How To Land Your Dream Job As Java Developer

Most people dream of landing their dream job, but they don’t always know how. It’s not enough to just have the right qualifications; you need to make sure your resume is noticed and that you stand out from other candidates. 

The good news is that there are some simple techniques you can use in order to get hired as a Java developer or any other type of software developer and land your dream job!

It’s A Coding World, And You’re Gonna Learn It

The first thing you need to do is learn how to code! It’s important to understand that learning how to code is more than just memorizing syntax and punctuation rules. If you want a career as a Java developer, you need to know the ins and outs of computer science. 

This means learning how computers work inside-out at a low level from what transistors are doing at each layer of abstraction all the way up through different programming languages, environments, and platforms (like Android or Linux). 

You’ll also want to study computer security so you can keep your company’s data safe from hackers.

Learning these skills takes time and dedication but it will prove invaluable once you land your dream job as a Java developer.

Get Your Resume Noticed

Before you even begin to think about the rest of your resume, it’s important that you first make sure that the company knows what they’re hiring for. This will ensure that you’re sending out your resume in the right direction.

To do this, you should use keywords on both your resume and cover letter:

  • Use keywords that align with what you do.
  • Use keywords that align with what the company does.
  • Use keywords that align with what the job description says (if possible).

Don’t Overdo The Keywords

The use of keywords is essential in a job search, as they help a recruiter identify you as a strong candidate. 

Keywords are terms that are relevant to the company you want to work for and the role that you’re applying for. However, to avoid looking like a spammer or keyword abuser, it’s important not to overdo it with them.

You don’t want to include too many keywords that don’t align with your profession or job description because this will make recruiters question whether or not you truly have experience in the industry or know what you’re talking about when conversing with them via email. 

Similarly, if your resume contains words so broad (like “software”) or so specific (“Android development”) then there may be no reason why anyone would hire someone who doesn’t seem knowledgeable about anything other than one particular area within computer science (and even then only by focusing on Android).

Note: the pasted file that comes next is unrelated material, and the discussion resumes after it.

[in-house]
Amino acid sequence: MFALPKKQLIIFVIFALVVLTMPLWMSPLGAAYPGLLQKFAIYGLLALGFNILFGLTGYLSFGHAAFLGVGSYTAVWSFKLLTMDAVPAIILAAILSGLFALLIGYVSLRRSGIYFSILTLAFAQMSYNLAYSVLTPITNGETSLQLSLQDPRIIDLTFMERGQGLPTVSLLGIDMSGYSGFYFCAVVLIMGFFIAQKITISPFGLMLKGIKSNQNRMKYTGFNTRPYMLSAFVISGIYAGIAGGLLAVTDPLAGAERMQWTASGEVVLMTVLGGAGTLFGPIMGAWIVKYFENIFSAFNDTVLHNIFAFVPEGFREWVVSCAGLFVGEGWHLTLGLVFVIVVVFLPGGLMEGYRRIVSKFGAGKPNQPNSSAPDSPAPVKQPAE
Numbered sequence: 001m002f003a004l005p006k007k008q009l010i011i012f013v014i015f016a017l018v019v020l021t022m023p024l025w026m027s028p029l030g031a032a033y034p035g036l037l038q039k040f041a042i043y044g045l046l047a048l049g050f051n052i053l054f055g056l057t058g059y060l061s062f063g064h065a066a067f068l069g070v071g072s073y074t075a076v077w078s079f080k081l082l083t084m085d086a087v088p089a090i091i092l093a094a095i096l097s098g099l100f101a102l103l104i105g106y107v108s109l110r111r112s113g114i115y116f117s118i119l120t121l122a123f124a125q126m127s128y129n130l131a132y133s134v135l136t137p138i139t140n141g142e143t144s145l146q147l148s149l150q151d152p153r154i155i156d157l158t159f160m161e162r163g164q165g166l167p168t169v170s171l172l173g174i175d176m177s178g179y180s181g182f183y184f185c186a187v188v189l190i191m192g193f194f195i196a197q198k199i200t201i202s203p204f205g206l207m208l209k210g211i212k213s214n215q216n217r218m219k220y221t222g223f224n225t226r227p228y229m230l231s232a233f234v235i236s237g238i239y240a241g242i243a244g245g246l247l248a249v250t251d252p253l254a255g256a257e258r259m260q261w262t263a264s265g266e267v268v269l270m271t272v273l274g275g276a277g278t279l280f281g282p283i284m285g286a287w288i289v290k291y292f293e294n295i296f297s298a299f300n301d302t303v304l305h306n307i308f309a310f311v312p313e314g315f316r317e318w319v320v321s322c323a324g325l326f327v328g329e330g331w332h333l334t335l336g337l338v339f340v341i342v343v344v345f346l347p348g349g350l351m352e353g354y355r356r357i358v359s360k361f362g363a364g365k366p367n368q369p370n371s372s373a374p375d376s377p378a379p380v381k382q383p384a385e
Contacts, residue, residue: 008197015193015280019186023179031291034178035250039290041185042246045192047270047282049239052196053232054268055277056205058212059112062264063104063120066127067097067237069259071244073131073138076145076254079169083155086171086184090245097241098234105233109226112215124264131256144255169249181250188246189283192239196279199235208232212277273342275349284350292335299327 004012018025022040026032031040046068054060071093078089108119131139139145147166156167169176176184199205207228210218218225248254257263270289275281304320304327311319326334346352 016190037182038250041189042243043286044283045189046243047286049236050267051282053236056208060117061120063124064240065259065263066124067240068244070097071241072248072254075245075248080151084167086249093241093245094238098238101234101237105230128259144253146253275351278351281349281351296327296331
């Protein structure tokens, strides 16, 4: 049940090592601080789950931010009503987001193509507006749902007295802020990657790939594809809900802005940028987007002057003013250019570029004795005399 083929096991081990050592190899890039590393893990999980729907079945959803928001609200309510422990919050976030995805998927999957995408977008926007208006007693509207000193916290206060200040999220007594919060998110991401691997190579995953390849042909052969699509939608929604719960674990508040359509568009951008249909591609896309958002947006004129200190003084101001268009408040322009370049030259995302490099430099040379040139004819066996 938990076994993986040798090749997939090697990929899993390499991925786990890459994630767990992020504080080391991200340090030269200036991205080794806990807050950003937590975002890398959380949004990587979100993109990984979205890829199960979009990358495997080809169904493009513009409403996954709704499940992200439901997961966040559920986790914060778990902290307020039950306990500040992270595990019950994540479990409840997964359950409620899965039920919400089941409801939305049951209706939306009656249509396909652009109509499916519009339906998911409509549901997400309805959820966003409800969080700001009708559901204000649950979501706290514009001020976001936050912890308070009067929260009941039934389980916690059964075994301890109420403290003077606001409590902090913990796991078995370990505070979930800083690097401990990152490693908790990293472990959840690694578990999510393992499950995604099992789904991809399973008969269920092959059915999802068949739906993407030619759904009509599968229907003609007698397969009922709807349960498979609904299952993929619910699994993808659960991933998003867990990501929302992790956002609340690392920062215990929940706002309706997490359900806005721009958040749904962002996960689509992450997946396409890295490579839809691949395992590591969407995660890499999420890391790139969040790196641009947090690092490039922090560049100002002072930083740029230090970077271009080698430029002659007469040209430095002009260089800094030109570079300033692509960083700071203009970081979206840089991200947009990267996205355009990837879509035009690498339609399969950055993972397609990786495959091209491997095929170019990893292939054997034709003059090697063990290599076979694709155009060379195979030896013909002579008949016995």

This can also come across as disingenuous when compared to someone else who has an equally impressive resume but isn’t limited by these restraints — what makes them different?

Re-Invent Yourself

To get your dream job as a Java developer, you need to be able to show that you can deliver the skills that employers are looking for. But it’s not enough to just know the basics; you have to be a real expert in your field. 

That’s why it’s so important for you to constantly be on the lookout for new ways of developing yourself professionally.

Whether by taking classes or getting certifications, or even just doing some self-study on your own time whatever will help you grow and improve upon what you’re already good at.

If there are any skills or technologies that are particularly relevant right now (for example big data), then try learning about those things! This will put you ahead of other applicants who haven’t spent the necessary time getting up-to-date with trends in their industry.

It’s All On The Internet

Your first step should be to do a Google search for your name, so you can see what comes up. Next, do a Google search for your company name and see if any results don’t have anything to do with you. 

If any pages show up when you search on both of these things but not when searching just one or the other, those websites may have information about the job opening.

Finally, try adding some keywords like “Java developer” or “job opening” into the mix so that relevant sites will pop up faster in your search results (and probably won’t include yours!).

Become A Java MVP

Becoming a Java Master Certified Programmer (MVP) is a great way to show your competence in Java and prove your skills to potential employers. 

Having this certification on your resume will make you stand out from the competition and could get you an interview with big companies like Google or Facebook.

With over 1 million members worldwide, the Java User Group (JUG) community is one of the most active developer communities in the world. You can join any JUG near you and attend meetings regularly or even become its leader if there’s no existing chapter in your area!